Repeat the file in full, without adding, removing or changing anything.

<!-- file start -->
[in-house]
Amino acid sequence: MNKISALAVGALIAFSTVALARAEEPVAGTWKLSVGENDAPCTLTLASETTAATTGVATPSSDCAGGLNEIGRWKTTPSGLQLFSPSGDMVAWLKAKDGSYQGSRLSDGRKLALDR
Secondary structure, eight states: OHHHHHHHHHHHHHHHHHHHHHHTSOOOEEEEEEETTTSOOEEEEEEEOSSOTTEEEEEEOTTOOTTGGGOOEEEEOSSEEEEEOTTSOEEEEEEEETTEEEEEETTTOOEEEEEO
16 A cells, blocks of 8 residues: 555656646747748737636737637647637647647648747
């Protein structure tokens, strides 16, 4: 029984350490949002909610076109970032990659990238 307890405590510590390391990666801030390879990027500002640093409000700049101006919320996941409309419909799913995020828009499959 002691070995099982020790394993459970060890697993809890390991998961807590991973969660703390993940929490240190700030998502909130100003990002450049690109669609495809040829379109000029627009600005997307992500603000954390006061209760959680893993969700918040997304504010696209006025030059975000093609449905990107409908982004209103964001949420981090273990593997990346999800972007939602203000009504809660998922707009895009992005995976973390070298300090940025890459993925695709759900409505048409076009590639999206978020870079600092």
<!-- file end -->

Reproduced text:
[in-house]
Amino acid sequence: MNKISALAVGALIAFSTVALARAEEPVAGTWKLSVGENDAPCTLTLASETTAATTGVATPSSDCAGGLNEIGRWKTTPSGLQLFSPSGDMVAWLKAKDGSYQGSRLSDGRKLALDR
Secondary structure, eight states: OHHHHHHHHHHHHHHHHHHHHHHTSOOOEEEEEEETTTSOOEEEEEEEOSSOTTEEEEEEOTTOOTTGGGOOEEEEOSSEEEEEOTTSOEEEEEEEETTEEEEEETTTOOEEEEEO
16 A cells, blocks of 8 residues: 555656646747748737636737637647637647647648747
């Protein structure tokens, strides 16, 4: 029984350490949002909610076109970032990659990238 307890405590510590390391990666801030390879990027500002640093409000700049101006919320996941409309419909799913995020828009499959 002691070995099982020790394993459970060890697993809890390991998961807590991973969660703390993940929490240190700030998502909130100003990002450049690109669609495809040829379109000029627009600005997307992500603000954390006061209760959680893993969700918040997304504010696209006025030059975000093609449905990107409908982004209103964001949420981090273990593997990346999800972007939602203000009504809660998922707009895009992005995976973390070298300090940025890459993925695709759900409505048409076009590639999206978020870079600092």